Threatened Eastern Spadefoot Disappears

Threatened Eastern Spadefoot (Scaphiopus holbrookii)

The Eastern spadefoot (Scaphiopus holbrookii) is a rare species in New England, listed as either threatened or endangered in Connecticut, Rhode Island and Massachusetts.  Most often encountered during warm spring rains when they raucously and frenetically engage in mating, spadefoots had evaded our late summer and early fall hatchling searches for decades  until this Wednesday.  They surprised us as we patrolled a diamondback terrapin nesting site, looking for hatchling emergence holes and tracks of emerging hatchlings.  The weather was gray overcast with an occasionaly light drizzle with the temperature in the mid-60s.

Faux “Emergence Hole” Proves to Be a Toad Burrow

The best way to identify a hatching terrapin nest is to spot an emergence hole from which the first babies escape.  As we crisscrossed sandy dunes abutting a lush salt marsh, Sue Wieber Nourse discovered an “emergence hole.”  As she gently excavated the hole to examine the egg chamber with her fingertips, she surprisingly felt a soft spongy critter rather than hard shells or egg shards.  What looked exactly like a dune terrapin emergence hole proved to be a spadefoot burrow.

Spadefoot (Left) and Fowler’s Toad (Right)

Sue Wieber Nourse encountered three more nearly identical “emergence holes” in these dunes, one occupied by another spadefoot and two holding Fowler’s toads.  These tiny toads were all the same size, less than two inches long.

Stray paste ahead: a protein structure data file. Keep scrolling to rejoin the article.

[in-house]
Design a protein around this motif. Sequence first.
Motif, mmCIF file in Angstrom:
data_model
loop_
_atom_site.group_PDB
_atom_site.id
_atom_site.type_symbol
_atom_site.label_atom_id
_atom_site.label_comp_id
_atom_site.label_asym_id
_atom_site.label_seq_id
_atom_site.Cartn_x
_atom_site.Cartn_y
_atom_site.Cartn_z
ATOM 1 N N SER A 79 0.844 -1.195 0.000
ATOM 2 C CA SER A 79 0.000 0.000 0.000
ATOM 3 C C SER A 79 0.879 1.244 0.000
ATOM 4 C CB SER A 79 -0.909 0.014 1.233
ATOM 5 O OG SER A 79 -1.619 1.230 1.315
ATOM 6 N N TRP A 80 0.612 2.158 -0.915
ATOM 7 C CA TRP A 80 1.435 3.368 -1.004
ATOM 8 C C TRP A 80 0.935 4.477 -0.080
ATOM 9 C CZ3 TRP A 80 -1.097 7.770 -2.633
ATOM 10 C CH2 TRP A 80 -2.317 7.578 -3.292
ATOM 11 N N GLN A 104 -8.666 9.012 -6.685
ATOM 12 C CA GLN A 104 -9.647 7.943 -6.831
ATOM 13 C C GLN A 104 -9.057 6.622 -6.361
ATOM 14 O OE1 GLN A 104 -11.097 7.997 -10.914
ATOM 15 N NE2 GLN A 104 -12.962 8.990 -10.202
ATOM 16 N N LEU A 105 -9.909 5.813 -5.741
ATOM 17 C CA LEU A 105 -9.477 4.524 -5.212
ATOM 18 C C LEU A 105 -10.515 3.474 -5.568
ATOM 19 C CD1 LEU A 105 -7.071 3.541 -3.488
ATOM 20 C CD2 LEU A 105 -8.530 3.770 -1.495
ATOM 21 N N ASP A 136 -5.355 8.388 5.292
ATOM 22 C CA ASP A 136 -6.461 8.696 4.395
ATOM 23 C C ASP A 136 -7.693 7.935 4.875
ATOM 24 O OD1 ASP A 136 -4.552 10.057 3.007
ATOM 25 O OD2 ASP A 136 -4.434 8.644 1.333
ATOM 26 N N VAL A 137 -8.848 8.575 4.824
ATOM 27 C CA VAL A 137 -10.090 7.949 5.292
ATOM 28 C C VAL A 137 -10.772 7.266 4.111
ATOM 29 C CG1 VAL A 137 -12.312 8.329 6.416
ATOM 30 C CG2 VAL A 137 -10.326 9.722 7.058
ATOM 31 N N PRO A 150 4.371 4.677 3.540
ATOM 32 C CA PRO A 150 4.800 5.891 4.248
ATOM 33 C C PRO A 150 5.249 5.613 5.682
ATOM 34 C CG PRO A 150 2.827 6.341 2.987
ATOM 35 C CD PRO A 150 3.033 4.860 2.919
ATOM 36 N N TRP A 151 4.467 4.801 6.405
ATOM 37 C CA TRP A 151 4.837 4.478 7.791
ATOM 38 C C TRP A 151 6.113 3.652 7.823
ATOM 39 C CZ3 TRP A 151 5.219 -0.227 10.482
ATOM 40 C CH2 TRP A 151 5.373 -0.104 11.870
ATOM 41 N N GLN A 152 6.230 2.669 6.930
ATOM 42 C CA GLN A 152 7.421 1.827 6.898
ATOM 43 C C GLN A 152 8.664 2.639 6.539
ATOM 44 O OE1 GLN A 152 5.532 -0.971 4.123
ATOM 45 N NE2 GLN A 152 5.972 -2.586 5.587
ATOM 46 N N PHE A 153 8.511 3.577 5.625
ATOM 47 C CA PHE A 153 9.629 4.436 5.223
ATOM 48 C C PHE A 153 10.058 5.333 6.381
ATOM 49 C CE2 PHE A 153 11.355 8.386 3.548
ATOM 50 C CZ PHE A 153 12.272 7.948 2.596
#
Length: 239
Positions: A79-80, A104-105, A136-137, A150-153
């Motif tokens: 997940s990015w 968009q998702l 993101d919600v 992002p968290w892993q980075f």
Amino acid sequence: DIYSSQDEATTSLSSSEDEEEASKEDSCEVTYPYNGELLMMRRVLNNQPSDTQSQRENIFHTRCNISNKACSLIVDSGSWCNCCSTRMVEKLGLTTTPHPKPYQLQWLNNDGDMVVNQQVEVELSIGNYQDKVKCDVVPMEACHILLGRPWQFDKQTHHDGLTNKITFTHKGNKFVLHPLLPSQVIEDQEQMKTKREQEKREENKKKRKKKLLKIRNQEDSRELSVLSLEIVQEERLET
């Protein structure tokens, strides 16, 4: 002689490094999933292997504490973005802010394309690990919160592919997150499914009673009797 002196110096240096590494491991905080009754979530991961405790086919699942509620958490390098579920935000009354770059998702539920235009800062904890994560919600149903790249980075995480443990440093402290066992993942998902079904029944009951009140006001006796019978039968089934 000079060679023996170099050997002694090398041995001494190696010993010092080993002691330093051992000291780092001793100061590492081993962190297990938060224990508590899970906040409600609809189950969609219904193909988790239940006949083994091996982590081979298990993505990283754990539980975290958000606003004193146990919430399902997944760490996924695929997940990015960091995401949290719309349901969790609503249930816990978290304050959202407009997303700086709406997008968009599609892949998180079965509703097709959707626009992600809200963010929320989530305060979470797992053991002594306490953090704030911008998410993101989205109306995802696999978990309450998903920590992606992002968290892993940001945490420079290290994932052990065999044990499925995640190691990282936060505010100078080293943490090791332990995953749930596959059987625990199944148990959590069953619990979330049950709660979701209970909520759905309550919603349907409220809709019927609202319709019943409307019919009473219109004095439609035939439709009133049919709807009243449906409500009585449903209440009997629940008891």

Spadefoot Distorted “Hourglass” Design

Each of the spadefoots had the characteristic distorted hourglass design on their backs and stared back at us with cat-like rather than toad-like eyes.

Eponymous Spadefoot “Spades”

They also sported an eponymous dark, sharp “spade” on the bottom, interior side of each back limb (see above).

Closeup of Eponymous Spadefoot “Spade”

The image above presents a closeup view of the left rear limb with a clear view of the dark, sharp eponymous “spade” that lends its name to this species.


Eastern Spadefoot Disappears Under the Sand

This film clip offers an excellent perspective on how the spadefoot uses these sharp rear “spades” to dig backwards into the sand and to disappear from sight in little over two minutes.

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